Janet Napolitano, Homeland Security Director & Former Arizona Governor:
Janet Napolitano, a pro-choice centrist Democrat, was elected Arizona Governor in 2002 and reelected in 2006. As governor, she converted a $1 billion budget deficit in 2003 into a $300 million surplus by 2006 without raising state taxes.
In 2005, Time named her one of the top five U.S. governors. For 2006-07, Janet Napolitano was aChair of the National Governors Association.
In 1991, Janet Napolitano, then a well-regarded partner in the law firm of Lewis & Roca, LLP, served as the attorney for law professor Anita Hill when Hill testified against U.S. Supreme Court nominee Clarence Thomas.
Janet Napolitano was reportedly considered by Democrat John Kerry to be his 2004 running mate for the White House. She was asked to address both the 2000 and 2004 Democratic Party Conventions.
Experience Prior to Governor:
- 1983-1984 - Law clerk for the Honorable Mary Schroeder of the Ninth Circuit Court of Appeals
- 1984-1993 - Attorney with Lewis & Roca, a top Arizona law firm. Napolitano was made a firm partner in 1989.
- 1993-1998 - U.S. Attorney for District of Arizona, appointed by President Bill Clinton. As U.S. Attorney, she supervised the prosecution of more than 6,000 immigration cases.
- 1998-2002 - Attorney General of Arizona
Janet Napolitano on Issues & Priorities:
In a 2006 interview, she stated, "I believe firmly that education is the gateway to prosperity. That's why we've worked hard to implement voluntary full-day kindergarten statewide, and to support our teachers with a historic pay raise and training."
Janet Napolitano on Immigration:
To combat illegal immigration, the governor opted to: crackdown on employers who hire undocumented workers; catch forgers of I.D. documents; push for more Homeland Security measures to deter border crossings.
- Birth - November 29, 1957 in New York City to Leonard and Jane Napolitano. The family moved to New Mexico from Pittsburgh when Janet was 6 years old.
- Education - Sandia High School. B.S. in political science, 1979, summa cum laude with Phi Beta Kappa honors, University of Santa Clara, where she was class valedictorian. J.D., 1983, University of Virginia.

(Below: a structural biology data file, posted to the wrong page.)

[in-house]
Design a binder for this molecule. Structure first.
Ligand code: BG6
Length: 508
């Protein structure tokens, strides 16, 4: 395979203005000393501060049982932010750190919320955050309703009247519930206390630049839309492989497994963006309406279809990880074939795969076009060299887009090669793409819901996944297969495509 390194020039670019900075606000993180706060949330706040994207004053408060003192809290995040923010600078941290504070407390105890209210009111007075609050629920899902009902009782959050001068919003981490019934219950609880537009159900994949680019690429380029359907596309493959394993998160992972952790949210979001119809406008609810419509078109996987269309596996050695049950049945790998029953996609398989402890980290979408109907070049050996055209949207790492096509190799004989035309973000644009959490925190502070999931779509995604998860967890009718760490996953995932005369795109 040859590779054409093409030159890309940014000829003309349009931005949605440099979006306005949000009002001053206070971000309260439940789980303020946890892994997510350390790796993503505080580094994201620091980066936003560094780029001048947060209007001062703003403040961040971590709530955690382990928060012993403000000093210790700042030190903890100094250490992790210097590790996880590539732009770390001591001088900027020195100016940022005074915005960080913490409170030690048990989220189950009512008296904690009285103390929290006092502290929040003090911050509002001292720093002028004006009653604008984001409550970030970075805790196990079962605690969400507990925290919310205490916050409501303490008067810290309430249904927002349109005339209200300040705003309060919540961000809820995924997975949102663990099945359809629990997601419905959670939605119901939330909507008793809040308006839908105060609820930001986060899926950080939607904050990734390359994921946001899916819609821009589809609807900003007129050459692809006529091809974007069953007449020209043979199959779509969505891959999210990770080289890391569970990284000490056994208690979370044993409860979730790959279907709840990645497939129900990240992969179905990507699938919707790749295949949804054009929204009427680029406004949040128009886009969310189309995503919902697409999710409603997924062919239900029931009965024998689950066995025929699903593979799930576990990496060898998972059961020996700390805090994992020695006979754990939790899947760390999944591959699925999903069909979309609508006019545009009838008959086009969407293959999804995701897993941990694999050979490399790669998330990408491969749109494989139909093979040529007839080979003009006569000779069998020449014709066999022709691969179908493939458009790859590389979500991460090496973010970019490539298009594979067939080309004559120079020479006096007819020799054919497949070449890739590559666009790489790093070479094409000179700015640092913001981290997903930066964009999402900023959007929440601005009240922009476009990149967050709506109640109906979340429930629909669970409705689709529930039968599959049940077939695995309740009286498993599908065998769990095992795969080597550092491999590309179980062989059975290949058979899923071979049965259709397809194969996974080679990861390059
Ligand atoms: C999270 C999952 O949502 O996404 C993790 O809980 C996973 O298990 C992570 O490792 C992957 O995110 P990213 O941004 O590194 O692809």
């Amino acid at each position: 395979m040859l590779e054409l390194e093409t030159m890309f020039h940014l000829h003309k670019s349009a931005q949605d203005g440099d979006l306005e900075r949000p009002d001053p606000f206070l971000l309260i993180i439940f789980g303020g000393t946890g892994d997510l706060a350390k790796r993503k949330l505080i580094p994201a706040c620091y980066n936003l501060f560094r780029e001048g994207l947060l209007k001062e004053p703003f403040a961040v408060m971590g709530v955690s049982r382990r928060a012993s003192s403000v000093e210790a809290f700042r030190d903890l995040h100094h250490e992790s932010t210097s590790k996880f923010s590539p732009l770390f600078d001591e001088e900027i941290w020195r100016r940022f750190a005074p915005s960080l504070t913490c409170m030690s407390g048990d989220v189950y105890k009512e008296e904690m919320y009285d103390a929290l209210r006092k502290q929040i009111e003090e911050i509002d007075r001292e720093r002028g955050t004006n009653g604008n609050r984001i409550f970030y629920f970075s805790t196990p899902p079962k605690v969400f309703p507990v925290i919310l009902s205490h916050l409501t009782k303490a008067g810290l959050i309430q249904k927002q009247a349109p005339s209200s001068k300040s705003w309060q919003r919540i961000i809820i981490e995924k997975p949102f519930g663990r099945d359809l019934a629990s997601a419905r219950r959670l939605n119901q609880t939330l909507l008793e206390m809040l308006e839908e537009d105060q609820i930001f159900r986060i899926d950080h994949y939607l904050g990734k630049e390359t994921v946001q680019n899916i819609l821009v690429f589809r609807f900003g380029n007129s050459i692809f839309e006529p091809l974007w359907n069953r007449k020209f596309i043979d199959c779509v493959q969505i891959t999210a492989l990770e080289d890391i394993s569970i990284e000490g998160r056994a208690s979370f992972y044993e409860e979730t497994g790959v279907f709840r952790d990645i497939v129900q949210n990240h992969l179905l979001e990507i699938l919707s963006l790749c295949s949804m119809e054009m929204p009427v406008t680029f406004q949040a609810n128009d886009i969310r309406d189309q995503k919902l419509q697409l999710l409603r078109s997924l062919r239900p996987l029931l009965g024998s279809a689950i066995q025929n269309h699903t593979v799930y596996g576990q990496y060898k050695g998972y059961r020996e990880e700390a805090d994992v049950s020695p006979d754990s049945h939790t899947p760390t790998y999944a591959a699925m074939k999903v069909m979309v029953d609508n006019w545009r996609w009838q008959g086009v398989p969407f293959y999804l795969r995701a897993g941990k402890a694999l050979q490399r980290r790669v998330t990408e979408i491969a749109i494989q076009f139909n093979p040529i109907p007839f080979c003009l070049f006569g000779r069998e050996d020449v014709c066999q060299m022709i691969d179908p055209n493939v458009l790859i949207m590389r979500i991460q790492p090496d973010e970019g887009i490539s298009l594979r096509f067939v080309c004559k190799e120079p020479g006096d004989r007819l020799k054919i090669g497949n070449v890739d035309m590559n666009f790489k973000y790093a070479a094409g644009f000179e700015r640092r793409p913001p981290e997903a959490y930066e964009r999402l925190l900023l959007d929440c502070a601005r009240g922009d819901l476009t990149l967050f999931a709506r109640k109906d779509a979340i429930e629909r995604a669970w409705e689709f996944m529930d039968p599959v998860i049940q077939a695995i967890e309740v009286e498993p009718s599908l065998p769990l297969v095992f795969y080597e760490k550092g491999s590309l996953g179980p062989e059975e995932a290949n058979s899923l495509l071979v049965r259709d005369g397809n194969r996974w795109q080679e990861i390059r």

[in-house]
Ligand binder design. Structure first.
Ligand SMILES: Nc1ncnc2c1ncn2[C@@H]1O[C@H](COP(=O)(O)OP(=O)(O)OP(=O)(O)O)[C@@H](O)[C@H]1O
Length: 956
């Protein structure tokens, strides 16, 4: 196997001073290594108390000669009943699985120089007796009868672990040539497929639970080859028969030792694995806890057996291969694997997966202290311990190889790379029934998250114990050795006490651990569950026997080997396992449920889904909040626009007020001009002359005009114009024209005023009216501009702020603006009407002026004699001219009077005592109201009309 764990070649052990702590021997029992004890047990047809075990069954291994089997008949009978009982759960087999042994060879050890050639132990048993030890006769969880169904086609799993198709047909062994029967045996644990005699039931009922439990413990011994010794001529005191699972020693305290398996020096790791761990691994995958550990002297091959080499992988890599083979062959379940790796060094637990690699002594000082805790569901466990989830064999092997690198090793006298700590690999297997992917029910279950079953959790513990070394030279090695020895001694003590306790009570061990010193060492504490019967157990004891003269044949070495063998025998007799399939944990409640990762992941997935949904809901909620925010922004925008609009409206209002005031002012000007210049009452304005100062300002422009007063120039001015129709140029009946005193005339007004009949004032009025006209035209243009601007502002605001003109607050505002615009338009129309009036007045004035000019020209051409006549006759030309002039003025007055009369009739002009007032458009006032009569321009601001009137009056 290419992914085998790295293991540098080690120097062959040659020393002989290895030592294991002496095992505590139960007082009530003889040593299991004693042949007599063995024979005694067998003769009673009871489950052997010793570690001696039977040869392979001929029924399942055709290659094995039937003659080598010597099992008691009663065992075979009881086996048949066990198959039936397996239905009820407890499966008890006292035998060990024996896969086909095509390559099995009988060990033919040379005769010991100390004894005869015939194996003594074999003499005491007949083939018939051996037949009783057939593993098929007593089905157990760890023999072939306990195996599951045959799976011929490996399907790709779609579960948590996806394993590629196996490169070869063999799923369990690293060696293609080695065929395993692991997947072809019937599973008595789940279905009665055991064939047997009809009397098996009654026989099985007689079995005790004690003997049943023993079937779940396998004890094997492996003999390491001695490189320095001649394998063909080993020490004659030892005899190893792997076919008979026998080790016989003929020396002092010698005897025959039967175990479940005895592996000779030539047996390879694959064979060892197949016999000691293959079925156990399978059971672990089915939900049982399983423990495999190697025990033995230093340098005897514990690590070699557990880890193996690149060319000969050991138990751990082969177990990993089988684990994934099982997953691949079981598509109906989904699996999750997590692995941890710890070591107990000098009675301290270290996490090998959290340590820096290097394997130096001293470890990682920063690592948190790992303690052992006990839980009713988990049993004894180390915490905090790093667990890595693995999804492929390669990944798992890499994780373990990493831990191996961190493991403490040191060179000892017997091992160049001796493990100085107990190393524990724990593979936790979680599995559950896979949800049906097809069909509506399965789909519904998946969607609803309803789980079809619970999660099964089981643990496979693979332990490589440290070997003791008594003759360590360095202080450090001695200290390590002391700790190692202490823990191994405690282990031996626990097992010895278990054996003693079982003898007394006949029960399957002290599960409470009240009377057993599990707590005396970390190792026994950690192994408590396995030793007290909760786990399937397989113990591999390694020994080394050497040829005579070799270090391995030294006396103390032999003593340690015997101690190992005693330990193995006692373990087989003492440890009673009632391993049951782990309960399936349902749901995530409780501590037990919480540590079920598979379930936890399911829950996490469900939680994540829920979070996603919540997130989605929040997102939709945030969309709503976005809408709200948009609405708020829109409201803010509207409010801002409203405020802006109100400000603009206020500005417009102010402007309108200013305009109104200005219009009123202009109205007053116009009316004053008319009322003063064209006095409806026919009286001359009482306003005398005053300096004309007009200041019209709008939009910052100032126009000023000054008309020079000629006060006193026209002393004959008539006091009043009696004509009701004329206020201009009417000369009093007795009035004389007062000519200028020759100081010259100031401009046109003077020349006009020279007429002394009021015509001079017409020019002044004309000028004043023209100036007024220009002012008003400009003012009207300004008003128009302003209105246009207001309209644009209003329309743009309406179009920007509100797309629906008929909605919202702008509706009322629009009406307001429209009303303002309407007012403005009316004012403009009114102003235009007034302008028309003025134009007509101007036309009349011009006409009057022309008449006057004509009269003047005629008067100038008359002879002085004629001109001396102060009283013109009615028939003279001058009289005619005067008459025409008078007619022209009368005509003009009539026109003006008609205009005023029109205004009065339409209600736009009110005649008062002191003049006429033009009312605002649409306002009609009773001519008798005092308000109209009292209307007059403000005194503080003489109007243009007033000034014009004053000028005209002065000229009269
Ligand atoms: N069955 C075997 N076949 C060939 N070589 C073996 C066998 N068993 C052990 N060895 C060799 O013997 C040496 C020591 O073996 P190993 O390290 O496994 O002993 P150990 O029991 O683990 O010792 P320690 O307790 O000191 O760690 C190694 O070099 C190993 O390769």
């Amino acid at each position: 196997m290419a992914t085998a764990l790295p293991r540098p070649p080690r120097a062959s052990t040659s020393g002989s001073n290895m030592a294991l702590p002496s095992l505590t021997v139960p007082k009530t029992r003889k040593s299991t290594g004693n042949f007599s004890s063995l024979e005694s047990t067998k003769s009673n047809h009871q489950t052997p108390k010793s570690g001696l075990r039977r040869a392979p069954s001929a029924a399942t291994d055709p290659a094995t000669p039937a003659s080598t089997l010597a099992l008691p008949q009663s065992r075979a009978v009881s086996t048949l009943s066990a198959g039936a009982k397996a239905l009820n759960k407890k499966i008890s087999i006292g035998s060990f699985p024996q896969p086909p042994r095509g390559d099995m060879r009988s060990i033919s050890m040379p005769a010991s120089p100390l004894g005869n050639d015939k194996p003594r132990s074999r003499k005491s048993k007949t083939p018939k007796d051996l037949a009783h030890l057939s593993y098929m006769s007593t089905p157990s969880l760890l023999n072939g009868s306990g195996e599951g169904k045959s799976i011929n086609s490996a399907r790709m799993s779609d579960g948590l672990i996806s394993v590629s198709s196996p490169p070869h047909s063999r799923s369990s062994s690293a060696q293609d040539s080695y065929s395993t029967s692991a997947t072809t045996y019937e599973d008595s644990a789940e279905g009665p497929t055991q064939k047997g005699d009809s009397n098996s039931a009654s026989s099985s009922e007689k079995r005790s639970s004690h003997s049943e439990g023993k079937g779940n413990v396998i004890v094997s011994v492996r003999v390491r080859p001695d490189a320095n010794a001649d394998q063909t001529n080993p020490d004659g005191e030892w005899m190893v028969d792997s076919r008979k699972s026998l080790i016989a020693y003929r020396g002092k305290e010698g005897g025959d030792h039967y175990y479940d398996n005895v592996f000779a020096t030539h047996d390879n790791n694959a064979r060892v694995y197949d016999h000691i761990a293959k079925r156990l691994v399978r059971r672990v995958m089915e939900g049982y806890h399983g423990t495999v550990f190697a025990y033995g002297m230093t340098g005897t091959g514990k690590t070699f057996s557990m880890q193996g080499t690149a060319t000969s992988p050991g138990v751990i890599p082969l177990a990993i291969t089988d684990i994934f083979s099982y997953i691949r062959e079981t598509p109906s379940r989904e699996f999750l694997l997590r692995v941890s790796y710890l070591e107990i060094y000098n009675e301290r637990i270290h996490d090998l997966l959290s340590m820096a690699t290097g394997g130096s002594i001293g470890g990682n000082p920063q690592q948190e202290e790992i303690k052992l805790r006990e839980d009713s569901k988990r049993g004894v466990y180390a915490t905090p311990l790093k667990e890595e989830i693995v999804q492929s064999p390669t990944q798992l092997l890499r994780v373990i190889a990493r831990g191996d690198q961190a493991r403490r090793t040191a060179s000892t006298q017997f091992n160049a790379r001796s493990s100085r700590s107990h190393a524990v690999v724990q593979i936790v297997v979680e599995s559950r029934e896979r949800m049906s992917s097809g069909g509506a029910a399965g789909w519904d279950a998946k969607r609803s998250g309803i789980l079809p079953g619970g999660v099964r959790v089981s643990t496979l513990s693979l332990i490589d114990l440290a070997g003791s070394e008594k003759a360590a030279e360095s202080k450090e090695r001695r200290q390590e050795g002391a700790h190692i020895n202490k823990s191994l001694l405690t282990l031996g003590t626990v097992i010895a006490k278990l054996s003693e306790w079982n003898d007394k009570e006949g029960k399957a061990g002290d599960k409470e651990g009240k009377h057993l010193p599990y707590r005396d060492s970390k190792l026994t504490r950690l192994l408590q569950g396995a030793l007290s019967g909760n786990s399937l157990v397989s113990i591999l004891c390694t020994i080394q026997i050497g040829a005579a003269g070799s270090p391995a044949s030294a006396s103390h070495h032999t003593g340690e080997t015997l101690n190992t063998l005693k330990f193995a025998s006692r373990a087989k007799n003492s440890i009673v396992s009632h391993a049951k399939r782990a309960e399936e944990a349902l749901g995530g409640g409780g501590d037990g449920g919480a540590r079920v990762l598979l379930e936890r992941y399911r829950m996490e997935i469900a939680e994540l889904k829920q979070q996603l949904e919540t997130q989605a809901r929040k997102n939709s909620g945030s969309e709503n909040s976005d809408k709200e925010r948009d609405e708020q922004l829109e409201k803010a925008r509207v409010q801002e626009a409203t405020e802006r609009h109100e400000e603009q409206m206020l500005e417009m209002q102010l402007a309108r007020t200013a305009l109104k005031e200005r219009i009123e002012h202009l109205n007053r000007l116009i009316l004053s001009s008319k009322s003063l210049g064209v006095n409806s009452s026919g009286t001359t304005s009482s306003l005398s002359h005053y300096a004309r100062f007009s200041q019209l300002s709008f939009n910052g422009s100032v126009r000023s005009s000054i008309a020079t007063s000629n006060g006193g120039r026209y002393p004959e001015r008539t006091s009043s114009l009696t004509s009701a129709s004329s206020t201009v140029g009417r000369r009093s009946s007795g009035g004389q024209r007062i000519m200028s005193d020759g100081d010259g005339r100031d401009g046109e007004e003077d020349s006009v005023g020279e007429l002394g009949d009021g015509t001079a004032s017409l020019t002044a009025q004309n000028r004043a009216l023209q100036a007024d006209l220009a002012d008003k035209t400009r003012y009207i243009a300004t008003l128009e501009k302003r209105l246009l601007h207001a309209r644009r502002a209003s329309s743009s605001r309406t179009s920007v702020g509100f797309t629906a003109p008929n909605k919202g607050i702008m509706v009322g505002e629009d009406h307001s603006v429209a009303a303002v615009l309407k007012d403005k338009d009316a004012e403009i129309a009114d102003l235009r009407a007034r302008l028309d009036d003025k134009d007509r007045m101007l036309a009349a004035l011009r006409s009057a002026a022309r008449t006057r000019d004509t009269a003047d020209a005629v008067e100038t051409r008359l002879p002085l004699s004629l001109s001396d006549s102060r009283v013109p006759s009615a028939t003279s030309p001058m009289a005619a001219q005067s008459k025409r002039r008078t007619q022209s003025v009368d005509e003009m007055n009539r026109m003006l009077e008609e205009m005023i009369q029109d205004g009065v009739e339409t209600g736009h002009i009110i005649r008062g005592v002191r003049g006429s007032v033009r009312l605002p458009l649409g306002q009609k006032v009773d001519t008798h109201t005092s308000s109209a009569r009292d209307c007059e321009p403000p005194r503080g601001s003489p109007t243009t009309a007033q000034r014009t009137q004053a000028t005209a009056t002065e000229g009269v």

- Family - single
- Faith - Christian, Methodist denomination
- Hobbies - Avid moviegoer and reader
The Janet Napolitano Persona:
As a child, Janet played the clarinet and became accomplished at the guitar. In law school, she shared a home with three male law students, and recalls playing a lot of bridge. She's a lifetime member of the Girl Scouts of America.
Gov Napolitano opposes same-sex marriage, and supports an Arizona law barring gay marriages. She opposed the Federal Marriage amendment to the U.S. Constitution on the grounds of states rights.
The Napolitano Family:
Janet's brother, Dr. Leonard Napolitano, Jr., a widower with a school-aged daughter and son, is a respected engineer at Sandia National Laboratories in California. Janet, who has no children, is particularly close to her niece and nephew.
Major Initiatives & Projects by Gov. Janet Napolitano:
As Governor of Arizona
"Gov. Janet Napolitano signed six executive orders on the first day of her second term... Fresh off an impressive re-election win in November, the governor seemed ready to spend a little political capital. Among her executive orders, she moved to:
• Formalize the creation of a Growth Cabinet with a mission to work with communities to create a smart-growth plan in the next 120 days. Communities that don't abide by guidelines could be blocked from receiving some state funding for roads and other needs.
• Limit construction-related pollution on state land and bar the use on state property of leaf blowers and gas-powered mowers.
• Implement a three-year plan to improve care in nursing homes and other long-term housing facilities, including ratings of the homes' quality on her Web site by July.
With her other three orders, Napolitano gave the Arizona Department of Transportation 90 days to present a list of mass-transit and rail options, laid out a low-interest financing scheme to provide dollars for water projects and directed the School Facilities Board to issue an Oct. 1 report for the construction of '21st-century schools.' "
As Chair of the National Governors Association
Innovation America, 2006-07 NGA Chair Initiative
" 'Governors are best-suited to take the lead in promoting innovation," said NGA Chair Arizona Gov. Janet Napolitano, "but creating an innovative nation will require cooperation between decision makers at the state and federal levels.
Also discussed at the plenary was a legislative proposal that would create a federal framework to assist regions, states, universities and the private sector in working collaboratively to accelerate the rate of U.S. innovation. The proposal focuses on three critical areas:
1. Improving the math and science proficiency of all children in grades K-12 to increase the number and quantity of scientists and engineers who attend and graduate from college.
2. Promoting innovation broadly throughout the state and targeting innovative regions that compete globally.
3. Creating more flexible workforce programs. "